I note that this place is even too rotten for most Kiwis now. Thousands are departing for o/seas permanently. The trouble for the locals is that those leaving include the most motivated, brightest and productive. In short the people worth knowing are leaving in disproportionate numbers. That does not bode well for the future of NZ as it is presently.

    Hey, perhaps the govt might try to close the borders next. Better get rid of your NZ passport!


  12. softy

    You really should read more carefully. I wrote about what I've found to be the case for MOST Kiwis. That's not a generalisation of 4 million people, you turd!

    Still, you are a fine example of exactly the type of person to which I referred.


  13. Softy

    BTW, you have been generalising about those who disagree with your softheaded opinions. You do that a lot. It's your standard tactic. Funny how you see it in others and funny how you consider it invalid...


    PS you really ARE a turd.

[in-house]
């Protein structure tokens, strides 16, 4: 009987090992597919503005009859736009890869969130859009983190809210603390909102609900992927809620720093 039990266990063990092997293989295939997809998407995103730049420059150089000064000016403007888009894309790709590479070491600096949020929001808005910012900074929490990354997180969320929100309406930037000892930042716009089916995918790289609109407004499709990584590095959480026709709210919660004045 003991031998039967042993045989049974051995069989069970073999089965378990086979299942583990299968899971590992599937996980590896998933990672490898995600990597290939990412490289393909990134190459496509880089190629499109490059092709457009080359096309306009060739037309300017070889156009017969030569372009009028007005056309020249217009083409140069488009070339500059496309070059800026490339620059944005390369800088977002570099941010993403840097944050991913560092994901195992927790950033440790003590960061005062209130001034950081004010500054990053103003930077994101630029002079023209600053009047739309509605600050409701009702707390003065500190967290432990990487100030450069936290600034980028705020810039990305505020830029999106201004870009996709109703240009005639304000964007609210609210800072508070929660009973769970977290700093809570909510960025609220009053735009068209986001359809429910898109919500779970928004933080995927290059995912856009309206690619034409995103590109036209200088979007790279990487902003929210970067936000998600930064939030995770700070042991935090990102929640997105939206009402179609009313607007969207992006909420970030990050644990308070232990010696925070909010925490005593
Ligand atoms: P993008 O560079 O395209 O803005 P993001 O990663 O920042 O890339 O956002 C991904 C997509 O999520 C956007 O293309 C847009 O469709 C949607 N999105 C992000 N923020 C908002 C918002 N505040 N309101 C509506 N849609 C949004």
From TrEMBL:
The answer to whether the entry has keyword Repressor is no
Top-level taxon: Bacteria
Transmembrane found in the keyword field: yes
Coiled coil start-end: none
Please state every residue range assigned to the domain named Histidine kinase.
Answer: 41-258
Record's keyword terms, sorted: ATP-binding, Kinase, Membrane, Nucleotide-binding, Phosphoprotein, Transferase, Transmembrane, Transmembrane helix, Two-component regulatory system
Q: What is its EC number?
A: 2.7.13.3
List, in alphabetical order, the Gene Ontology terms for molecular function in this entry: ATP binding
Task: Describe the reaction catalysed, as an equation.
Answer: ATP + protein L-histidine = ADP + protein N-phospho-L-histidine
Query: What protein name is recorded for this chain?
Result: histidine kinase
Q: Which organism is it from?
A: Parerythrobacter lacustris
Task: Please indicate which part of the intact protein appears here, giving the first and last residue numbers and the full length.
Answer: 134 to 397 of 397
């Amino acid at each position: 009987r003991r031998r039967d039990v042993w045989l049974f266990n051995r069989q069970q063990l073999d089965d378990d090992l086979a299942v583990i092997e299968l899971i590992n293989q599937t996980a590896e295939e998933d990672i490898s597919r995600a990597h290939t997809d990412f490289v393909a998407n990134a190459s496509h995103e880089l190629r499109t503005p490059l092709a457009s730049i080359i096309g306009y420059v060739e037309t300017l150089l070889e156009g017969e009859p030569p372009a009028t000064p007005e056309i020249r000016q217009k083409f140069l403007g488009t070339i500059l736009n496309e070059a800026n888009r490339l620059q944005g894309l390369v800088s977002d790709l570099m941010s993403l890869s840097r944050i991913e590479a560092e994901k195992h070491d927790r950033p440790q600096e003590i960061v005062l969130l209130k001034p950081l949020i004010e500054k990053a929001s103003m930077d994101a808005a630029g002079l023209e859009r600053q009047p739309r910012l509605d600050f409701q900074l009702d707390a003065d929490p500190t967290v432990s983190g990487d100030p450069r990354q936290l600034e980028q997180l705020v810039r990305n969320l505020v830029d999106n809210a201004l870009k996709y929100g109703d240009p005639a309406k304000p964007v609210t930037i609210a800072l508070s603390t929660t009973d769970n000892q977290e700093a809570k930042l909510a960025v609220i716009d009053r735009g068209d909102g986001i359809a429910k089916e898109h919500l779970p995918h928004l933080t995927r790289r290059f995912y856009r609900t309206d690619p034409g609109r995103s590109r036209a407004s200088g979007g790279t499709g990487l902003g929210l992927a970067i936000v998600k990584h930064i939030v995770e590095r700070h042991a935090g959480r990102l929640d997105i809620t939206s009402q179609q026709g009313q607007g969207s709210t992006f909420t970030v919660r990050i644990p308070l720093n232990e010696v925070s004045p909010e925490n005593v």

14. LGM: I'm sorry you've had such a shit time while you've been here. It's funny, I've spent almost a year in the States, six months living in France, and a bunch of short trips to Sweden, and all I hear is how great Kiwis are. And this is from the people that have been here on holiday.

    I can only assume that the true horror of the Kiwi psyche is only revealed when one has lived here as an outsider for as long as you have, and us naturalised Kiwis are oblivious to our wretched, true inner selves.

    Might I trouble you as to your nation of origin, or would that damage your mysterious charm? It's only that after your 'semi-literate, wilfully ignorant little vermin' call, I want to have a go too.


  15. DenMT

    I did not say I've had a bad time while I in NZ. What I reported was my disappointment with MOST Kiwis and their culture.


    When you meet people travelling, they are generally excited, interested and happy. They are in the mood to show off how good and how happy they are.